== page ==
Everyone Has Rights

Here in the US, when a person has an objection to something, they have the right to say so. They have the right to try and peacefully convince others of their idea. However, they do not have the right to do whatever they want while protesting.

During a protest, protesters must remember other peoples’ rights as well. People have the right to go about their daily lives peacefully, they have the right to not be threatened with violence and everyone has the right to speak their mind, even if their opinion is different.


What Are Your Rights When You’re Pulled Over?

What Are Your Rights When You’re Pulled Over?

What Are Your Rights When You’re Pulled Over?

A whole lot of things can happen while a person is driving. One thing that most drivers would prefer to avoid is getting pulled over. Unfortunately, sometimes things happen, and the driver makes a mistake. Sometimes, as far as the driver knows, they didn’t do anything wrong but find themselves getting pulled over anyways.

When a person gets pulled over, it is important for them to remember that they do have rights. These rights help protect a person from an officer who might be abusing their power. If a person’s rights are violated, they can take the matter to court.

Passenger Rights During The Stop

When someone has been pulled over by the police, they have two primary rights:

  • The right to remain silent.
  • The right to be free from unreasonable search and seizures.

The first right is pretty well known thanks to the Miranda Rights, but many people are not fully aware that a person does not have to be arrested for it to come into effect. Even when a person is being stopped by a police officer for a traffic violation, they have the right to remain silent. If a person chooses to do this, they should inform the officer that they are choosing to remain silent. It is also a good idea for the person to give the officer their name.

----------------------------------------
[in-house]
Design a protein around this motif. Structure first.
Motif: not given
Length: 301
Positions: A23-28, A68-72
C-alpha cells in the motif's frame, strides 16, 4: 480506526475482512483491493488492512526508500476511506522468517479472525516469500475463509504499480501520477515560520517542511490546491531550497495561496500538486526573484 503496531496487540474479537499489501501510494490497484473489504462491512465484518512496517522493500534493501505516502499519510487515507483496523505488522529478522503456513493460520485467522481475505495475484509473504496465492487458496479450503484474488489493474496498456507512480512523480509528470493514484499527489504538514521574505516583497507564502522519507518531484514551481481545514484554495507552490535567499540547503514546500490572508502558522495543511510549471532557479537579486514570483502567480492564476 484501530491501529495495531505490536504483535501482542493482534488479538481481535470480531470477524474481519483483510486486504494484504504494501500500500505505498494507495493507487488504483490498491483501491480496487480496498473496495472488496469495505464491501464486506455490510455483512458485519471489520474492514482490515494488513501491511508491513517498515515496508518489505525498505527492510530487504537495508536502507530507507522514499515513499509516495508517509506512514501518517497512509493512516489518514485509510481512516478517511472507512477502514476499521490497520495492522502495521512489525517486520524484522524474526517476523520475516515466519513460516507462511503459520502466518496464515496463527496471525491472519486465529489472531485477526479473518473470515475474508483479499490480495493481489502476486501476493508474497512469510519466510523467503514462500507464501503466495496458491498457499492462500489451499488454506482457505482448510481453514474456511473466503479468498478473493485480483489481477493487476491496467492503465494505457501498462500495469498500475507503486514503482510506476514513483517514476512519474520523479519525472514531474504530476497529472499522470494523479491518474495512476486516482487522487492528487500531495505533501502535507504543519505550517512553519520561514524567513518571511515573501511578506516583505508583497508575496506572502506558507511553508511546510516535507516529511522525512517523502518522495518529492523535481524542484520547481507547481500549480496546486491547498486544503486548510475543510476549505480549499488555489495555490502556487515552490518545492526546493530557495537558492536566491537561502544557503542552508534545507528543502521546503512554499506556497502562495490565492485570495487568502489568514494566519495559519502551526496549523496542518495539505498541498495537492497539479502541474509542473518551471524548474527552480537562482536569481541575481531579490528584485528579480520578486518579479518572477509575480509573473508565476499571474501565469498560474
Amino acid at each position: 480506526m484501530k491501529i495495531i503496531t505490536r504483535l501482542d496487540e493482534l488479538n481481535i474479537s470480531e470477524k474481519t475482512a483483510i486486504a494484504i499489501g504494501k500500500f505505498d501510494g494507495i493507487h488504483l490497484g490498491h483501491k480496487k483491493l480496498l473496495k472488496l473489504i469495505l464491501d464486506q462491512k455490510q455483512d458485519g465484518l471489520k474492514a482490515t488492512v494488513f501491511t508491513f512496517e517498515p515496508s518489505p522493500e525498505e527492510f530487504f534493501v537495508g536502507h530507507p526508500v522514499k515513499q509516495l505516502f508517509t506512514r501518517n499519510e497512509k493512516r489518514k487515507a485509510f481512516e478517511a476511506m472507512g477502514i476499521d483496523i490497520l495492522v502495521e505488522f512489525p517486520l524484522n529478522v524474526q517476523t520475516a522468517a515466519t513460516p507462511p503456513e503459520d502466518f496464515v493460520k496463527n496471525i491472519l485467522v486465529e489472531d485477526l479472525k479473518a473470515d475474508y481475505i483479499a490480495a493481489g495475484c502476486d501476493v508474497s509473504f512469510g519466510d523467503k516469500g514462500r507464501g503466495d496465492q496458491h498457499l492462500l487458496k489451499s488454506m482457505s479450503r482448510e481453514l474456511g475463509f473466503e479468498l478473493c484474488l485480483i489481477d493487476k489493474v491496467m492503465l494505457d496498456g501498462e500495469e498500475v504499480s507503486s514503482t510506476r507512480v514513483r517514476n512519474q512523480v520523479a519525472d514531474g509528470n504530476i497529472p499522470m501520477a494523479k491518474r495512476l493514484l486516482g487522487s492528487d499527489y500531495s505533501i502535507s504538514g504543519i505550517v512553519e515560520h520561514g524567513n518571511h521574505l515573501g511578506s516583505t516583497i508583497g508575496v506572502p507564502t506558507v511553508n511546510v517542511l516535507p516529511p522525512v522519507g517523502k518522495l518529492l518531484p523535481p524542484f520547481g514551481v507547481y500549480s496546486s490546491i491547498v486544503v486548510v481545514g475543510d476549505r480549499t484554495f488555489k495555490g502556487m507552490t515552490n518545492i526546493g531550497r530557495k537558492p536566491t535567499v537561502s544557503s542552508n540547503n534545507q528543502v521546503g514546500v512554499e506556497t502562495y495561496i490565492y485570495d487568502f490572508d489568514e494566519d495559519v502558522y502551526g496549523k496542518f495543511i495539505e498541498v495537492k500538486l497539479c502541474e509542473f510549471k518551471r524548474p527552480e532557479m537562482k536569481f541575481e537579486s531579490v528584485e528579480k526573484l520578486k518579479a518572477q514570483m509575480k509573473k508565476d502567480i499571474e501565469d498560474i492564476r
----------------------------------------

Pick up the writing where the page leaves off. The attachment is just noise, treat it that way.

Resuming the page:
The 4th Amendment to the Constitution protects everyone from unreasonable searches and seizures. This means that a police officer cannot search a person, their vehicle or even their phone without good reason. If an officer suspects that a person has a weapon on them or contraband such as drugs, then they can search the person and their vehicle. However, officers do need a warrant to search a person’s phone, and they cannot delete anything off of the device.

Both of these rights apply to passengers as well. Passengers can even have an additional right of being able to leave, since it is the driver who got pulled over. However, they need to ask the officer if they are free to go. If they are given permission to leave, they can.

Passenger Rights After The Stop

After a person has been stopped, they have the following rights:

  • The right to challenge the legality of the stop in court.